Where have all the spastics gone?
4 November 2002
The question occurred to me Friday morning on the train. On the local news not a day goes by without a suitably concerned human interest report on an unfortunate little girl with a hole in the heart, a teenager in desperate need of a bone marrow transplant, a jaundiced dialysis enthusiast. But what about all the mencs and vegetables? Where are the spaccers?
Inflammatory and politically incorrect, I know. You'll take me to one side and advise me that we're not allowed to use those terms anymore, just as I am forced to call Big Issue vendor scum "accomodationally challenged". The most effective playground insult is "Refugee". No-one is disabled; the formerly disabled now either have learning difficulties or are "differently able"; most of them work in Starbucks or the British Library.
How powerful is the terminology? If you call someone one thing, and then call them something else, are they transformed? Does a menc find things easier now that he has only learning difficulties? Can words alone turn a dribbling sack into someone who has trouble adding up? It's an attractive concept.
Let's revolutionise the healthcare system, then. Rather than wasting money training doctors, researching cures for cancer and HIV, purchasing expensive respiratory equipment, pay hundreds of thousands of people like me to grab hold of both whimpering hypochondriacs and the genuinely afflicted, tell them that they're already better, and frog-march them out of the hospital.
The alternative is that they haven't got better at all, and that thought is far too unsavoury even for someone with my imagination. It begs the question, "If all the spastics haven't got better, what's happened to them all?". The word doesn't exist anymore, so neither can they - right? So the next question is, if the signifier isn't powerful enough to transform the signified, where does the signified go?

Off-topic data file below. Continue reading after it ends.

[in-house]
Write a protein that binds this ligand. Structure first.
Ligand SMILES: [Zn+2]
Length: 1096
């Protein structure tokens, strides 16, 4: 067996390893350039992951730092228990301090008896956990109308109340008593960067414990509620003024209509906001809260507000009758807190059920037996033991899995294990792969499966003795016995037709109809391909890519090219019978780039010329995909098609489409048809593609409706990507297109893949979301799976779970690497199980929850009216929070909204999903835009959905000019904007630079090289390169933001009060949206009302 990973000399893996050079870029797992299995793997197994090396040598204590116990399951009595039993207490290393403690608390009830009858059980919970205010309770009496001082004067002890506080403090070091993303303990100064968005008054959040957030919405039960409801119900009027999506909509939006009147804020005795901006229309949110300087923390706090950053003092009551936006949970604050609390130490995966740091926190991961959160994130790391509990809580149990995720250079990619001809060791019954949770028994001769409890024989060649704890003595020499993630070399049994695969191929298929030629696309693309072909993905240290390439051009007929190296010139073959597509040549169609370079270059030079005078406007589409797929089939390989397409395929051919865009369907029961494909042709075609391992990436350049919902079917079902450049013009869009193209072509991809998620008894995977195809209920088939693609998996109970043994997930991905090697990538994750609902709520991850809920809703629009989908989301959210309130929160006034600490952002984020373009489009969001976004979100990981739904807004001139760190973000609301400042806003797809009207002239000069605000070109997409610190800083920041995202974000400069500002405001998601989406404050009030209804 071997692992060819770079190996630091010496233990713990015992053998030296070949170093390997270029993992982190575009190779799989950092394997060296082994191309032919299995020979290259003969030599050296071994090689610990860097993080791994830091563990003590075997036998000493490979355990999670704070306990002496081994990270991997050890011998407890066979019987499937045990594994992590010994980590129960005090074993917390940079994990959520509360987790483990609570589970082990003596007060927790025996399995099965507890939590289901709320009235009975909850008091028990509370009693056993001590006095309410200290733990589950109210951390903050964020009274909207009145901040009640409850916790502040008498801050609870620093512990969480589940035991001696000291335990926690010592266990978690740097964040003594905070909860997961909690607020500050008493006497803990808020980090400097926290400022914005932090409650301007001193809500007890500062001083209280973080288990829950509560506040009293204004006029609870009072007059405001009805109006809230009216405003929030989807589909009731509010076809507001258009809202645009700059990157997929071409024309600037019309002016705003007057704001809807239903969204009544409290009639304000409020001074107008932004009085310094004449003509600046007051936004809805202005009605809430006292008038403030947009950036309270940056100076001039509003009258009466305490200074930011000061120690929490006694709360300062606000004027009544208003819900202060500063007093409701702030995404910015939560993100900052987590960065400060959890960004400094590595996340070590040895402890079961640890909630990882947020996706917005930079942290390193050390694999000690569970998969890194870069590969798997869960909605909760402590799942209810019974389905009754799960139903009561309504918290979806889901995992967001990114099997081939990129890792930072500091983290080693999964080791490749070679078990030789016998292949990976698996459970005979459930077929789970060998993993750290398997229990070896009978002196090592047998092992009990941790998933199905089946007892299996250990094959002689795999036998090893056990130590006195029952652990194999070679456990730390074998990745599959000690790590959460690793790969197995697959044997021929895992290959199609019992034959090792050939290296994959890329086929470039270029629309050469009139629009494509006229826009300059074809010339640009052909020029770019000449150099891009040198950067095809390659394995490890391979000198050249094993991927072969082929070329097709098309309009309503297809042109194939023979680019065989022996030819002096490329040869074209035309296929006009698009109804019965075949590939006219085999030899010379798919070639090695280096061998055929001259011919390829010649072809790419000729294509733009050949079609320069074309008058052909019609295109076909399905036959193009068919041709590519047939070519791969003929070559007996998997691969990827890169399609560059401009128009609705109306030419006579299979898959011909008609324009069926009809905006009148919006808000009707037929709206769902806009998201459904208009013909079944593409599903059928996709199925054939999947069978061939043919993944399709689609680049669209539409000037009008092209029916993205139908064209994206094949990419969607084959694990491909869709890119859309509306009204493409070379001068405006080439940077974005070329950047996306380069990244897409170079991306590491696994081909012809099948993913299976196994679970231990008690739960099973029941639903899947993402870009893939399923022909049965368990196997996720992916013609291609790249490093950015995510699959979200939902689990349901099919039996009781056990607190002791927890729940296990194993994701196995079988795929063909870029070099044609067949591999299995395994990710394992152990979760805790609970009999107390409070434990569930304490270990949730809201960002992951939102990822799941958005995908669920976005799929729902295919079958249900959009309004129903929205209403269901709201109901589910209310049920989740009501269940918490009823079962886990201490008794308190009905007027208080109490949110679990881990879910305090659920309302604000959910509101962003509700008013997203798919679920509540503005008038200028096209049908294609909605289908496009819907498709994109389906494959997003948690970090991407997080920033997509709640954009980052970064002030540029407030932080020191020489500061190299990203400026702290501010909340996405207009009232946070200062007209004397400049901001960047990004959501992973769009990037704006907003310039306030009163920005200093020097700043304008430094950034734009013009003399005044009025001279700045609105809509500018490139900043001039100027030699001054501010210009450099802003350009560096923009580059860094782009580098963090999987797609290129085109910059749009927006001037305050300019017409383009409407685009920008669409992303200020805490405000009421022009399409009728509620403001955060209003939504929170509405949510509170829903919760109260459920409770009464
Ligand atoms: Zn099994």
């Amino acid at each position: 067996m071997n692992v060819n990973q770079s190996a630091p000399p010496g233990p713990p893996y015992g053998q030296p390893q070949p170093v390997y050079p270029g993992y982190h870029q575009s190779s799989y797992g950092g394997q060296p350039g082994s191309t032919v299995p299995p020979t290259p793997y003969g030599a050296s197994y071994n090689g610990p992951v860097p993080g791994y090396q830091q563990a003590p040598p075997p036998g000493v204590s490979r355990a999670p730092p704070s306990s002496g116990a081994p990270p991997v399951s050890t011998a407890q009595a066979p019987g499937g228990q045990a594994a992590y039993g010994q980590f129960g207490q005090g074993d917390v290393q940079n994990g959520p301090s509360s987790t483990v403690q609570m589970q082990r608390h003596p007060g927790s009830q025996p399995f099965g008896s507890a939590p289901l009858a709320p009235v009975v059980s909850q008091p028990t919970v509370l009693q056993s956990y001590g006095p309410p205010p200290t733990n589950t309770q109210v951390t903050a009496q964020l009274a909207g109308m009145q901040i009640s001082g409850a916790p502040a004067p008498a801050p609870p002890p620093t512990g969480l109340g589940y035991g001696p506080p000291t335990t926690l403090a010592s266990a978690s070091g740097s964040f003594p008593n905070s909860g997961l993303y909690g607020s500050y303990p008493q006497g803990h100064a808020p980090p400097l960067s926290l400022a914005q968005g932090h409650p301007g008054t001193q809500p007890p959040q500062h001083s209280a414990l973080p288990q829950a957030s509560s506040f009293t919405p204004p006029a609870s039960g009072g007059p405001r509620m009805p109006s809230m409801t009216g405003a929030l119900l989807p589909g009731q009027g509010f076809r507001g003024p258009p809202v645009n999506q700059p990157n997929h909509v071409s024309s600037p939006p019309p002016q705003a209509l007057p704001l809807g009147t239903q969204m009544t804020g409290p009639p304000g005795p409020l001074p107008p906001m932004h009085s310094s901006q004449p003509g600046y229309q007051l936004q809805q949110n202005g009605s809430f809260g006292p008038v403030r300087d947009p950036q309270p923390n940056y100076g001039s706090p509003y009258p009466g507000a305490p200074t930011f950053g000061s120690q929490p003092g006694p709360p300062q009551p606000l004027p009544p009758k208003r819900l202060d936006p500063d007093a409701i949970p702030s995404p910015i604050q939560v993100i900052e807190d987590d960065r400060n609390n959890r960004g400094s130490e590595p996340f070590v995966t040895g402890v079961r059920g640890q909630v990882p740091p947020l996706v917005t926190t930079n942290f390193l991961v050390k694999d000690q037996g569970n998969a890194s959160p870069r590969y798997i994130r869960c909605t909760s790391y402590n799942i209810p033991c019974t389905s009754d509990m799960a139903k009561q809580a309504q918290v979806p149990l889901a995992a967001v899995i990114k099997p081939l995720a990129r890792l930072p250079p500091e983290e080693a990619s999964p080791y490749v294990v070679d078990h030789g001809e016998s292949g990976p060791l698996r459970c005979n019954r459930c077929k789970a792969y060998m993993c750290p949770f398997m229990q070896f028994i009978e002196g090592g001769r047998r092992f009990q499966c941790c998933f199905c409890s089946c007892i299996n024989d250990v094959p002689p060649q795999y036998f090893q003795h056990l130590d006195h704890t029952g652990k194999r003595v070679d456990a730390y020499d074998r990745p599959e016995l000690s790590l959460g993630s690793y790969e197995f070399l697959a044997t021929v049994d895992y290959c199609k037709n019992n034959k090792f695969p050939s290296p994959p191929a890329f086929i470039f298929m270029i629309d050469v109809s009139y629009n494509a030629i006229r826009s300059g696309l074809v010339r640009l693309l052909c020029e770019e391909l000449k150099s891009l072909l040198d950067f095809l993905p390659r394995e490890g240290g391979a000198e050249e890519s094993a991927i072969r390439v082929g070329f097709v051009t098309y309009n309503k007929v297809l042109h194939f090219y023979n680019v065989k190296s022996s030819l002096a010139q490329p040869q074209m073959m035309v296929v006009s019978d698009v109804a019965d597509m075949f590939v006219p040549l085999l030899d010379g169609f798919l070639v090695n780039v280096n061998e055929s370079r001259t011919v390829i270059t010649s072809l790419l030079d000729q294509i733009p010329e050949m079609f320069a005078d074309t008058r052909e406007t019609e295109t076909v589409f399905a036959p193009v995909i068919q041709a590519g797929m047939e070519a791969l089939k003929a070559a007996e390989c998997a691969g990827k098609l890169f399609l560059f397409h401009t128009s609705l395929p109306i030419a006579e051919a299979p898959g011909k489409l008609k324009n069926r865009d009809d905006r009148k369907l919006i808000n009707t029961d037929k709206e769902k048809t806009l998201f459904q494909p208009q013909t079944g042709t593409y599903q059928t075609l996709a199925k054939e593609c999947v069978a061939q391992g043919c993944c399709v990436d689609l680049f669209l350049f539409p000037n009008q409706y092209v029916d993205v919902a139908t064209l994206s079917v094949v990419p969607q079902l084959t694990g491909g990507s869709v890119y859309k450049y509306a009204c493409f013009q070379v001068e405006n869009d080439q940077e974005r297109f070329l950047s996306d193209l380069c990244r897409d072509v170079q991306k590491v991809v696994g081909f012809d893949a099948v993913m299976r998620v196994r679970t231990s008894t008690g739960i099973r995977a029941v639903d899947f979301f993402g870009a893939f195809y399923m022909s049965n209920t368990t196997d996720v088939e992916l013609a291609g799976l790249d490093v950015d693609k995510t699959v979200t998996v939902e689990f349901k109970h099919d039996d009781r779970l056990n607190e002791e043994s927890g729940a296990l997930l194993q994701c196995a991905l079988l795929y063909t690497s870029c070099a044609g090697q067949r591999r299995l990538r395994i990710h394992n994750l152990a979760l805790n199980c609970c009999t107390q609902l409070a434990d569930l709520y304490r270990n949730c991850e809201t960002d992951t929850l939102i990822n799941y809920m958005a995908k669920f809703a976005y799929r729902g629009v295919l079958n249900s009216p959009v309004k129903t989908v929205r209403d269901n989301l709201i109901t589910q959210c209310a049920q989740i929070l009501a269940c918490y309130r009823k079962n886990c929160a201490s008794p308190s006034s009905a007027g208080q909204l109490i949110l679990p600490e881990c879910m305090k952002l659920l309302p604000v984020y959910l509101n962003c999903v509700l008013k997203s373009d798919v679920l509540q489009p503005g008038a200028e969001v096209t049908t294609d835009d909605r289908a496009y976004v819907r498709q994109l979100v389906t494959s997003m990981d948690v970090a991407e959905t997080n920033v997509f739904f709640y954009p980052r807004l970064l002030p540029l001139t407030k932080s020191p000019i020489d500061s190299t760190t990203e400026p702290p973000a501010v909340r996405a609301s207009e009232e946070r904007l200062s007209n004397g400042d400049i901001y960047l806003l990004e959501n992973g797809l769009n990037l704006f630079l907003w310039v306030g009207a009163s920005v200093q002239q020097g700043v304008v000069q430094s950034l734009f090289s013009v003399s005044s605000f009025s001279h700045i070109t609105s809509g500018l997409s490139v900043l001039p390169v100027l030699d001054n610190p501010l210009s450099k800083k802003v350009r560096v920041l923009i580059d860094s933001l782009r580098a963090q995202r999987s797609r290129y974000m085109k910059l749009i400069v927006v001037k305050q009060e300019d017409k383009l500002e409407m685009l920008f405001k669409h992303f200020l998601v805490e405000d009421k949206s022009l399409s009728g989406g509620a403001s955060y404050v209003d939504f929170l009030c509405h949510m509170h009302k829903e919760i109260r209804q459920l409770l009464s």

Probably down a laundry chute on the Uttoxeter ring-road. Certainly I haven't seen so many of them on telly.
In the Eighties channels battled for ratings with stories of triumph over mutilation. Simon Weston's burns fascinated, the Boy David's face and PC Philip Olds' attempts to walk again titillated. We no longer see that much even of Stephen Hawking. On Jim'll Fix it there was always some kid with cerebral palsy who wanted to meet Shakin' Stevens. The most up-to-date technology allowed them to bang a computer keyboard with a metal rod clamped to their head. Where have all that lot gone? Have they all got Hawking's software now? Not bloody likely.
Come to think of it, all the kids who wanted to meet Shakin' Stevens had cerebral palsy.
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